Terence Crawford made his case for a 2016 showdown with Manny Pacquiao by dominating and then knocking out an outclassed Dierry Jean in Omaha on Saturday night.
But perhaps the worry for Crawford – known as ‘Bud’ and the 2014 Fighter of the Year – is that his case is starting to look a little too strong.
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Pacquiao, who shares a promoter with the reigning WBO light welterweight champion in the shape of Top Rank supremo Bob Arum, looks all set to fight just once more before hanging up the gloves.
And the hype machine is already in full flow, churning out the message that Crawford will be his opponent in what looks like a potentially classic ‘changing of the guard’ contest.
The 36-year-old Filipino legend, already a congressman, is campaigning to become a senator in his homeland, a full-time position which would bring an end to his illustrious boxing career.
That is save for a ‘farewell’ fight being mooted for April 2016.
And therein lies the problem for Crawford: the American is now looking such a dangerous proposition that he is hardly a man to lie down as a former eight-division champ and future Hall of Famer goes out in a blaze of glory.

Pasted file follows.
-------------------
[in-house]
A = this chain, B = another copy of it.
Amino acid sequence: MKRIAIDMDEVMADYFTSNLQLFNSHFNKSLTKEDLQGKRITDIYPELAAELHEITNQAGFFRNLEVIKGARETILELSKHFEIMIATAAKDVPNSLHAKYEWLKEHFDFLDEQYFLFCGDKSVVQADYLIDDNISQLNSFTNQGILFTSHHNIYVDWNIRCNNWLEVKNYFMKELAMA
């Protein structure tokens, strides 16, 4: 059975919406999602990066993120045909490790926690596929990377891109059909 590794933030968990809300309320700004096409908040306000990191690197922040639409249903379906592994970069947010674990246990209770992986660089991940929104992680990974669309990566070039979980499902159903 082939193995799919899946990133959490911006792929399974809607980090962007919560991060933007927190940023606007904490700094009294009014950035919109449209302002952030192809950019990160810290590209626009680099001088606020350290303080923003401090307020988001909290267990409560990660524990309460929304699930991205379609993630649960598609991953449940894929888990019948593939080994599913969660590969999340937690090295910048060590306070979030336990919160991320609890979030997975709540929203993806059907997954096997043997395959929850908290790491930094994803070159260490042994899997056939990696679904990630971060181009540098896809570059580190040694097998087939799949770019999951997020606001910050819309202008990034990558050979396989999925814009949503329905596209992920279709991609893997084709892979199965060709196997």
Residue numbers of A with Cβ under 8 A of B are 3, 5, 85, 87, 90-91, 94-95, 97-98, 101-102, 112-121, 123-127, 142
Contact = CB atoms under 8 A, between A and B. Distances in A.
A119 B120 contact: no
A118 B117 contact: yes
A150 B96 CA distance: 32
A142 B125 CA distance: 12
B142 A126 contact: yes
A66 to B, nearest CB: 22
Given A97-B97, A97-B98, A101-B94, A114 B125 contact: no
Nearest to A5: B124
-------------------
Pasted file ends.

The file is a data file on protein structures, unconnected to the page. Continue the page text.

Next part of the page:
The decision is Pacquiao’s to make, and he is the only one with anything to lose in this equation. Crawford is making a name for himself but needs a marquee fight and a big scalp to propel himself right to the very top of the sport, while a Pacquiao showdown would also surely see him make the leap to headlining a pay-per-view.
For Arum, matching the two is pretty much win-win. Victory for the 28-year-old Crawford, now 27-0 (19 KOs), would see him seize the Top Rank torch from Pacman and leave Arum with a huge star on his roster.
Meanwhile, a Pacquiao triumph wouldn’t be the end for Crawford, as long as he exploited the extra exposure with another strong display in a competitive and exciting bout. Based on Bud’s recent displays, that shouldn’t be a problem.